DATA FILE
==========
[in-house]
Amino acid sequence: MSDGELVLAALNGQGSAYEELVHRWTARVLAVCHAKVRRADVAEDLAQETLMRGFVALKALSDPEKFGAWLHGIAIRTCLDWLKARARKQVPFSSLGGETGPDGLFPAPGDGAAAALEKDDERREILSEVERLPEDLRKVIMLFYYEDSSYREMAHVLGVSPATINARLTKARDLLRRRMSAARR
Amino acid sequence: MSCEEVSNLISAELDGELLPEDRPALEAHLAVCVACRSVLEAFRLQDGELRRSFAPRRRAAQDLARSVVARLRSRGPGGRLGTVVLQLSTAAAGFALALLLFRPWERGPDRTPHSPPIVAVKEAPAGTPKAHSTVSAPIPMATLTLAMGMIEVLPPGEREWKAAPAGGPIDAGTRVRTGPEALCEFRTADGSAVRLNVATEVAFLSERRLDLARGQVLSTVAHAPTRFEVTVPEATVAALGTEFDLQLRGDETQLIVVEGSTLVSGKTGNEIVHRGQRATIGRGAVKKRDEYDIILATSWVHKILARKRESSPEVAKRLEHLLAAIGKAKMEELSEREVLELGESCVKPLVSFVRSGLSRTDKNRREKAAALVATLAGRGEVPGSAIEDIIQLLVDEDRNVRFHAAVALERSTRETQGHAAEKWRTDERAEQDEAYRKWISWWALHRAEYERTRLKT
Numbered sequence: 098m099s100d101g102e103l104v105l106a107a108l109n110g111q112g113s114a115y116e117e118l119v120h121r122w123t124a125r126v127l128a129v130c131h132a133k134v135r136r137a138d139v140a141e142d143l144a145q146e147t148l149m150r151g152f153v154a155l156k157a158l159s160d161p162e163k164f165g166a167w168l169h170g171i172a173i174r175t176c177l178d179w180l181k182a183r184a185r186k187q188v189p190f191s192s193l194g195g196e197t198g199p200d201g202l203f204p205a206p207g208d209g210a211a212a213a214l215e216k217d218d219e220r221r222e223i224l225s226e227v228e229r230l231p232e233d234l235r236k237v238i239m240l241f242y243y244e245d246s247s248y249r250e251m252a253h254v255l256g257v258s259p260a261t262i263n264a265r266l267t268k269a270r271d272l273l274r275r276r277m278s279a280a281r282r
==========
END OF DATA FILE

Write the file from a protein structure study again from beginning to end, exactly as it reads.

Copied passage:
[in-house]
Amino acid sequence: MSDGELVLAALNGQGSAYEELVHRWTARVLAVCHAKVRRADVAEDLAQETLMRGFVALKALSDPEKFGAWLHGIAIRTCLDWLKARARKQVPFSSLGGETGPDGLFPAPGDGAAAALEKDDERREILSEVERLPEDLRKVIMLFYYEDSSYREMAHVLGVSPATINARLTKARDLLRRRMSAARR
Amino acid sequence: MSCEEVSNLISAELDGELLPEDRPALEAHLAVCVACRSVLEAFRLQDGELRRSFAPRRRAAQDLARSVVARLRSRGPGGRLGTVVLQLSTAAAGFALALLLFRPWERGPDRTPHSPPIVAVKEAPAGTPKAHSTVSAPIPMATLTLAMGMIEVLPPGEREWKAAPAGGPIDAGTRVRTGPEALCEFRTADGSAVRLNVATEVAFLSERRLDLARGQVLSTVAHAPTRFEVTVPEATVAALGTEFDLQLRGDETQLIVVEGSTLVSGKTGNEIVHRGQRATIGRGAVKKRDEYDIILATSWVHKILARKRESSPEVAKRLEHLLAAIGKAKMEELSEREVLELGESCVKPLVSFVRSGLSRTDKNRREKAAALVATLAGRGEVPGSAIEDIIQLLVDEDRNVRFHAAVALERSTRETQGHAAEKWRTDERAEQDEAYRKWISWWALHRAEYERTRLKT
Numbered sequence: 098m099s100d101g102e103l104v105l106a107a108l109n110g111q112g113s114a115y116e117e118l119v120h121r122w123t124a125r126v127l128a129v130c131h132a133k134v135r136r137a138d139v140a141e142d143l144a145q146e147t148l149m150r151g152f153v154a155l156k157a158l159s160d161p162e163k164f165g166a167w168l169h170g171i172a173i174r175t176c177l178d179w180l181k182a183r184a185r186k187q188v189p190f191s192s193l194g195g196e197t198g199p200d201g202l203f204p205a206p207g208d209g210a211a212a213a214l215e216k217d218d219e220r221r222e223i224l225s226e227v228e229r230l231p232e233d234l235r236k237v238i239m240l241f242y243y244e245d246s247s248y249r250e251m252a253h254v255l256g257v258s259p260a261t262i263n264a265r266l267t268k269a270r271d272l273l274r275r276r277m278s279a280a281r282r